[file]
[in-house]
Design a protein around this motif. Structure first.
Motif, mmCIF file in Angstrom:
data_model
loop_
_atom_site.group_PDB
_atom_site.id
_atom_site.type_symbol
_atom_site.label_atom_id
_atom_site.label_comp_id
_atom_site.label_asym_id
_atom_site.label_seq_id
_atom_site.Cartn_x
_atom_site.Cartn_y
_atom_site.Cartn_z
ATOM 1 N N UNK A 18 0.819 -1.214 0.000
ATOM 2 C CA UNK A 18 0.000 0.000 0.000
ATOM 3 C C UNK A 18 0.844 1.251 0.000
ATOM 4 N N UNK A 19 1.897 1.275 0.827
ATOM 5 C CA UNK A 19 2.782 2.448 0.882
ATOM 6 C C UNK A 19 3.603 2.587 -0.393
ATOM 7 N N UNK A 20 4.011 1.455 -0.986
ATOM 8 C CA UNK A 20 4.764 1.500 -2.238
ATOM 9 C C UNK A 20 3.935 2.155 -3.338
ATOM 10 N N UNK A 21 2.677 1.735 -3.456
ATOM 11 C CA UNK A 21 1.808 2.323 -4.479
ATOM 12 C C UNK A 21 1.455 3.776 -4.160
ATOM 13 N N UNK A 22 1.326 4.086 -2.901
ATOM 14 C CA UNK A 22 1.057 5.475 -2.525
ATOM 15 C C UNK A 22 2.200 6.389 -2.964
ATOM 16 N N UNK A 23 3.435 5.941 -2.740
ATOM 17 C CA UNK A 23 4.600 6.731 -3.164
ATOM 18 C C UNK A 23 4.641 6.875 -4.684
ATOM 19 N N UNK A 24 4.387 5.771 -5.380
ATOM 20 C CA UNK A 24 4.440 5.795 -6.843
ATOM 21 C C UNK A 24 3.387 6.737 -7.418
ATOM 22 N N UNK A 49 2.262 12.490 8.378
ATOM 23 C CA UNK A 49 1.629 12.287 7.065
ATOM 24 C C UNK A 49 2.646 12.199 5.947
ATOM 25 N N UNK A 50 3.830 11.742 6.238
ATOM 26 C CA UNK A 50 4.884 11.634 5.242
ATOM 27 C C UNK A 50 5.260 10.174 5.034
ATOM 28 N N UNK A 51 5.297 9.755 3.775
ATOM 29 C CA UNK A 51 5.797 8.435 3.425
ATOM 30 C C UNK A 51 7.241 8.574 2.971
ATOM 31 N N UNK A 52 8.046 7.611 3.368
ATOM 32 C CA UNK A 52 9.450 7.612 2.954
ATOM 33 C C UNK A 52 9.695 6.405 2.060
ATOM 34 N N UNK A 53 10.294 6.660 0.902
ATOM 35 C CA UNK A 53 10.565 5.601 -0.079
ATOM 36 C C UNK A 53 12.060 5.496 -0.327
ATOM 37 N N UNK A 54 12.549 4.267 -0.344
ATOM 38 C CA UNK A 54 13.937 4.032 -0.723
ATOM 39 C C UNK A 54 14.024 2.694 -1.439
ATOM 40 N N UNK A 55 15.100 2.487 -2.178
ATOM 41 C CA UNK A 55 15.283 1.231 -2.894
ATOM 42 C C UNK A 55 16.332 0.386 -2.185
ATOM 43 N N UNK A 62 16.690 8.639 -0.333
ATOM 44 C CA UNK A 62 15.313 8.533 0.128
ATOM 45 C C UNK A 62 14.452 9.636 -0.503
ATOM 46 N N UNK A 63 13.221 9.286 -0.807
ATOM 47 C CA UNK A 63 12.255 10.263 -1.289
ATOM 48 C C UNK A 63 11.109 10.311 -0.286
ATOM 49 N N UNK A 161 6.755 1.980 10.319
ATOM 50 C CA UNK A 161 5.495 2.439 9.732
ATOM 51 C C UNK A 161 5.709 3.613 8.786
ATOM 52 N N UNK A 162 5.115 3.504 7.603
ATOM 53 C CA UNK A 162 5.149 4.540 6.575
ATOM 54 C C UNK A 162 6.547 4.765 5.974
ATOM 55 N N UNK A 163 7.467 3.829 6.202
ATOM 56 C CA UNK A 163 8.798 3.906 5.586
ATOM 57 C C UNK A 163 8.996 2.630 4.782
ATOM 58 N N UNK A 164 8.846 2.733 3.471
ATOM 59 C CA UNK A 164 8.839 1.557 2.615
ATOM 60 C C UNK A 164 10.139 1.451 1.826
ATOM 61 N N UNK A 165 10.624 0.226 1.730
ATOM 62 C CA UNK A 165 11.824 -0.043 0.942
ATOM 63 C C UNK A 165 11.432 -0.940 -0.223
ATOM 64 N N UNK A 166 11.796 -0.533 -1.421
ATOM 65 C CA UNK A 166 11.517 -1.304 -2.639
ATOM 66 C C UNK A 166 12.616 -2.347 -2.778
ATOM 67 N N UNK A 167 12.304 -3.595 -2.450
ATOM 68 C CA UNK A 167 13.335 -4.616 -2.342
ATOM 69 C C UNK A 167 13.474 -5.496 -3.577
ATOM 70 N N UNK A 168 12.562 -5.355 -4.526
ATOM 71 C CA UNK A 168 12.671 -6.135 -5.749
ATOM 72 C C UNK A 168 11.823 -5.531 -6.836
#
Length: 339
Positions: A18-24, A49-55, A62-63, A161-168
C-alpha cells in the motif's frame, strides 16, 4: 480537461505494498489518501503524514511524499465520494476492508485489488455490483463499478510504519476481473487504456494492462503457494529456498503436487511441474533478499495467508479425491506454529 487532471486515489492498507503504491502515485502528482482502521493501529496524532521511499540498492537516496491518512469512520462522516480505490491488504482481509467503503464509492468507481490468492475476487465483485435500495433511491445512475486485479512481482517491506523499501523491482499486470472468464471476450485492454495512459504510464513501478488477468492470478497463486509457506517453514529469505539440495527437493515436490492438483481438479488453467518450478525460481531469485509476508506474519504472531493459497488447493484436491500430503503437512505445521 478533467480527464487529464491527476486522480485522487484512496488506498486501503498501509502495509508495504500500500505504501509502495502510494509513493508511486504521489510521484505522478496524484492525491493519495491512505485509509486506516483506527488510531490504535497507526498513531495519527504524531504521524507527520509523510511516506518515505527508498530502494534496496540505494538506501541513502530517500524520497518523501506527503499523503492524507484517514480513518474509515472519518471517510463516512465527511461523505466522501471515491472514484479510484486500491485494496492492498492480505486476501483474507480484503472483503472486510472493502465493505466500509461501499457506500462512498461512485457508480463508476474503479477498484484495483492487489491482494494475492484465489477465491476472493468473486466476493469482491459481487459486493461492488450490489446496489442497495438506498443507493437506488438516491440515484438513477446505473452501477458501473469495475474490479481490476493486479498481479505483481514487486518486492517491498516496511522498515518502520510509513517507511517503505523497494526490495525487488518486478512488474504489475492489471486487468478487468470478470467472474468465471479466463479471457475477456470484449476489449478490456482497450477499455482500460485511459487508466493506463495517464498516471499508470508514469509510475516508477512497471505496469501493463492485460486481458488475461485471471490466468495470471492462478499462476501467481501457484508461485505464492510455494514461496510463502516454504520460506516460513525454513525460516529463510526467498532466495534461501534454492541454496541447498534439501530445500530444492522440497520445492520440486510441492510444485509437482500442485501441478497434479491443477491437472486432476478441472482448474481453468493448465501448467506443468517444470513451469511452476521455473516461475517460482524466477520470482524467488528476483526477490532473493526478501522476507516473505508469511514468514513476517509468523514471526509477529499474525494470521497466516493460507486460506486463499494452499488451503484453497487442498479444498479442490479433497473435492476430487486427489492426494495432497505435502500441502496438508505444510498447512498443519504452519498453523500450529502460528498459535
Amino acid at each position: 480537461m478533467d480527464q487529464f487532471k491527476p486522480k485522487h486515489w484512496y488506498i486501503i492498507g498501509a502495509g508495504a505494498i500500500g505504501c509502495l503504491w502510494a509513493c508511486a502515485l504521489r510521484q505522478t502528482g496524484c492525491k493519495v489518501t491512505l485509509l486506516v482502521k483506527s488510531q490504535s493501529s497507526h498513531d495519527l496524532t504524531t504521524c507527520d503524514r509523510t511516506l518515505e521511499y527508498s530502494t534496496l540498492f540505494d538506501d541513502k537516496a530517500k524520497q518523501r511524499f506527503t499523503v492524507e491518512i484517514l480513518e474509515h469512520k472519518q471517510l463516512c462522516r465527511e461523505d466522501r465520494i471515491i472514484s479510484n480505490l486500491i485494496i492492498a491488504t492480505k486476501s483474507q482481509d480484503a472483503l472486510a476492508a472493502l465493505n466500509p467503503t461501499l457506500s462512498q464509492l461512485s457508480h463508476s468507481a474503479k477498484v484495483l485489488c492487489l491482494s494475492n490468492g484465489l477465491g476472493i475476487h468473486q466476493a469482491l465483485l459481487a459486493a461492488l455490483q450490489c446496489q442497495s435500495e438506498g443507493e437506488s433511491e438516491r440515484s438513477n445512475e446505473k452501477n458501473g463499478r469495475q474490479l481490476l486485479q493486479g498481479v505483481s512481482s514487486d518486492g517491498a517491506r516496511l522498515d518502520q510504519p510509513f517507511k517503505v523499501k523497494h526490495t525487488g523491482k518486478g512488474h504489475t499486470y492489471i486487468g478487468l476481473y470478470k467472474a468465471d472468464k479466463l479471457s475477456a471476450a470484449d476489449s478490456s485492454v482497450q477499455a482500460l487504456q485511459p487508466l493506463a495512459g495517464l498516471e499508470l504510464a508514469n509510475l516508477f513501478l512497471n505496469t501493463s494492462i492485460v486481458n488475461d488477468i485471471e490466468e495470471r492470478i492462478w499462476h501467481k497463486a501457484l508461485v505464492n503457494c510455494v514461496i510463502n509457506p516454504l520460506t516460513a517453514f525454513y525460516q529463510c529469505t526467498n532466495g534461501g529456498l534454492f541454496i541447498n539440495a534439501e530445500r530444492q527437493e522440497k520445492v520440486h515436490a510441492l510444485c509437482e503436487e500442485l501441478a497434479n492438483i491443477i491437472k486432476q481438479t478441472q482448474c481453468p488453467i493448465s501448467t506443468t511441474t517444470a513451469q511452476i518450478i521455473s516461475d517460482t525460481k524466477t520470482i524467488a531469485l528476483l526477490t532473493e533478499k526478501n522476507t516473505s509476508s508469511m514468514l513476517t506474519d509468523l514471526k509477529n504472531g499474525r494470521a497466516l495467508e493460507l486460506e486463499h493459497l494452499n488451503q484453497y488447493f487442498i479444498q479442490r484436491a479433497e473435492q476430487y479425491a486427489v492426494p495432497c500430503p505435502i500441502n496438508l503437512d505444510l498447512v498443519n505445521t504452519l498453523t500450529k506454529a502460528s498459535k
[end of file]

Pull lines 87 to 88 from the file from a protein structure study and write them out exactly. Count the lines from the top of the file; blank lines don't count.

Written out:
ATOM 72 C C UNK A 168 11.823 -5.531 -6.836
#